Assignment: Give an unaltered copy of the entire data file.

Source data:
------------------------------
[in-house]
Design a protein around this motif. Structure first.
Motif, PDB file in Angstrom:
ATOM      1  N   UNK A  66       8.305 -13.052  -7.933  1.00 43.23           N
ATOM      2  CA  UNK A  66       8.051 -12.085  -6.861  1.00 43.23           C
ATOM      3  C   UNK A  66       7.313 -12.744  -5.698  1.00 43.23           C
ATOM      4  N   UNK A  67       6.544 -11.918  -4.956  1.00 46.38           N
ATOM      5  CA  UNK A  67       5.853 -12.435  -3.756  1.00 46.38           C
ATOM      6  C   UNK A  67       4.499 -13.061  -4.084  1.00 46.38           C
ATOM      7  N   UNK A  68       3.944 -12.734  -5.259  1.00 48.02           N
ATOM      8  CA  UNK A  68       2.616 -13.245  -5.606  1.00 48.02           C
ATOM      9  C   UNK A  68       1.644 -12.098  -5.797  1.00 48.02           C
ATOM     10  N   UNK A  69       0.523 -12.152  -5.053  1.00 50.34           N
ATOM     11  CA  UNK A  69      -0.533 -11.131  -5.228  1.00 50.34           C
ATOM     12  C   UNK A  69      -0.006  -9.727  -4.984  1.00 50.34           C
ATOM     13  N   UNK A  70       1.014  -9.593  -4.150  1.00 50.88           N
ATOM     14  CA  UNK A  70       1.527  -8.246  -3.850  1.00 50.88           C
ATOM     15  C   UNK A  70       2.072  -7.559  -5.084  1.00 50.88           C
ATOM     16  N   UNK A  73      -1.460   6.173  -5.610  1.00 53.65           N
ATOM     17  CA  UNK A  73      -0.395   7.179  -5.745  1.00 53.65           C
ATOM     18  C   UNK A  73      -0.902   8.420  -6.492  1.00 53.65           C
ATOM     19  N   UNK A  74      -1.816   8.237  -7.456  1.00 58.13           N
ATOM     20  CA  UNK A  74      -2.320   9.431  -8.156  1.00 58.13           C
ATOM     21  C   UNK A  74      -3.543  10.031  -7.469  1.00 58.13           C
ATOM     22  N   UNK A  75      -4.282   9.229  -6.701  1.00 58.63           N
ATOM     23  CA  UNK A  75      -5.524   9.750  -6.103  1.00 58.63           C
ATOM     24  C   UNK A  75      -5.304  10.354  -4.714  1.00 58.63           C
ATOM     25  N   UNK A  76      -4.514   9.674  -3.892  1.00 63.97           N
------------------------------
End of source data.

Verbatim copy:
[in-house]
Design a protein around this motif. Structure first.
Motif, PDB file in Angstrom:
ATOM      1  N   UNK A  66       8.305 -13.052  -7.933  1.00 43.23           N
ATOM      2  CA  UNK A  66       8.051 -12.085  -6.861  1.00 43.23           C
ATOM      3  C   UNK A  66       7.313 -12.744  -5.698  1.00 43.23           C
ATOM      4  N   UNK A  67       6.544 -11.918  -4.956  1.00 46.38           N
ATOM      5  CA  UNK A  67       5.853 -12.435  -3.756  1.00 46.38           C
ATOM      6  C   UNK A  67       4.499 -13.061  -4.084  1.00 46.38           C
ATOM      7  N   UNK A  68       3.944 -12.734  -5.259  1.00 48.02           N
ATOM      8  CA  UNK A  68       2.616 -13.245  -5.606  1.00 48.02           C
ATOM      9  C   UNK A  68       1.644 -12.098  -5.797  1.00 48.02           C
ATOM     10  N   UNK A  69       0.523 -12.152  -5.053  1.00 50.34           N
ATOM     11  CA  UNK A  69      -0.533 -11.131  -5.228  1.00 50.34           C
ATOM     12  C   UNK A  69      -0.006  -9.727  -4.984  1.00 50.34           C
ATOM     13  N   UNK A  70       1.014  -9.593  -4.150  1.00 50.88           N
ATOM     14  CA  UNK A  70       1.527  -8.246  -3.850  1.00 50.88           C
ATOM     15  C   UNK A  70       2.072  -7.559  -5.084  1.00 50.88           C
ATOM     16  N   UNK A  73      -1.460   6.173  -5.610  1.00 53.65           N
ATOM     17  CA  UNK A  73      -0.395   7.179  -5.745  1.00 53.65           C
ATOM     18  C   UNK A  73      -0.902   8.420  -6.492  1.00 53.65           C
ATOM     19  N   UNK A  74      -1.816   8.237  -7.456  1.00 58.13           N
ATOM     20  CA  UNK A  74      -2.320   9.431  -8.156  1.00 58.13           C
ATOM     21  C   UNK A  74      -3.543  10.031  -7.469  1.00 58.13           C
ATOM     22  N   UNK A  75      -4.282   9.229  -6.701  1.00 58.63           N
ATOM     23  CA  UNK A  75      -5.524   9.750  -6.103  1.00 58.63           C
ATOM     24  C   UNK A  75      -5.304  10.354  -4.714  1.00 58.63           C
ATOM     25  N   UNK A  76      -4.514   9.674  -3.892  1.00 63.97           N